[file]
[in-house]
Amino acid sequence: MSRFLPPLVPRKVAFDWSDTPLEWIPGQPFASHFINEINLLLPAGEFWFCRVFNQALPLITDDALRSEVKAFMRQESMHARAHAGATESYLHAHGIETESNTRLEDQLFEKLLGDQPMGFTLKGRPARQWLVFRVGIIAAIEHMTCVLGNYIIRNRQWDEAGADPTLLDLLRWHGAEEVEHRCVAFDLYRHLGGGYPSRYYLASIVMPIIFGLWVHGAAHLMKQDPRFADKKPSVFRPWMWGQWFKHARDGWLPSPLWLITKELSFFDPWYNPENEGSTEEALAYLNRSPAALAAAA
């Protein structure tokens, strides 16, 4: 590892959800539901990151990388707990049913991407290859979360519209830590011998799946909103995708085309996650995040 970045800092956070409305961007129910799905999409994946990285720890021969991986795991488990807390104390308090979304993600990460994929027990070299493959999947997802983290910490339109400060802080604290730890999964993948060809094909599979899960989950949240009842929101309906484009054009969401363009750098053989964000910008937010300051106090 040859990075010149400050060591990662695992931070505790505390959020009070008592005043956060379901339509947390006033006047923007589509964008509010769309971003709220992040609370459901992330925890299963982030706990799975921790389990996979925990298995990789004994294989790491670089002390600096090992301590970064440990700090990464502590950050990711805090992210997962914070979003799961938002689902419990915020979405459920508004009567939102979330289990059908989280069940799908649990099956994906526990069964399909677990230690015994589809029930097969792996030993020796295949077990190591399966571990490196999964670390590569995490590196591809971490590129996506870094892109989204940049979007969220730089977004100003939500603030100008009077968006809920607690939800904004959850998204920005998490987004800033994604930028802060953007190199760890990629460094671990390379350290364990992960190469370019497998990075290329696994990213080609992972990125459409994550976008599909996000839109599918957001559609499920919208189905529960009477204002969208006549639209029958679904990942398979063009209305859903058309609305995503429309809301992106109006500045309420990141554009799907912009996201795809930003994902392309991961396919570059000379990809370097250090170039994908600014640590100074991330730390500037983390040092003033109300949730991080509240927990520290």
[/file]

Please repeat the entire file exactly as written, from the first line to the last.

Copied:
[in-house]
Amino acid sequence: MSRFLPPLVPRKVAFDWSDTPLEWIPGQPFASHFINEINLLLPAGEFWFCRVFNQALPLITDDALRSEVKAFMRQESMHARAHAGATESYLHAHGIETESNTRLEDQLFEKLLGDQPMGFTLKGRPARQWLVFRVGIIAAIEHMTCVLGNYIIRNRQWDEAGADPTLLDLLRWHGAEEVEHRCVAFDLYRHLGGGYPSRYYLASIVMPIIFGLWVHGAAHLMKQDPRFADKKPSVFRPWMWGQWFKHARDGWLPSPLWLITKELSFFDPWYNPENEGSTEEALAYLNRSPAALAAAA
């Protein structure tokens, strides 16, 4: 590892959800539901990151990388707990049913991407290859979360519209830590011998799946909103995708085309996650995040 970045800092956070409305961007129910799905999409994946990285720890021969991986795991488990807390104390308090979304993600990460994929027990070299493959999947997802983290910490339109400060802080604290730890999964993948060809094909599979899960989950949240009842929101309906484009054009969401363009750098053989964000910008937010300051106090 040859990075010149400050060591990662695992931070505790505390959020009070008592005043956060379901339509947390006033006047923007589509964008509010769309971003709220992040609370459901992330925890299963982030706990799975921790389990996979925990298995990789004994294989790491670089002390600096090992301590970064440990700090990464502590950050990711805090992210997962914070979003799961938002689902419990915020979405459920508004009567939102979330289990059908989280069940799908649990099956994906526990069964399909677990230690015994589809029930097969792996030993020796295949077990190591399966571990490196999964670390590569995490590196591809971490590129996506870094892109989204940049979007969220730089977004100003939500603030100008009077968006809920607690939800904004959850998204920005998490987004800033994604930028802060953007190199760890990629460094671990390379350290364990992960190469370019497998990075290329696994990213080609992972990125459409994550976008599909996000839109599918957001559609499920919208189905529960009477204002969208006549639209029958679904990942398979063009209305859903058309609305995503429309809301992106109006500045309420990141554009799907912009996201795809930003994902392309991961396919570059000379990809370097250090170039994908600014640590100074991330730390500037983390040092003033109300949730991080509240927990520290």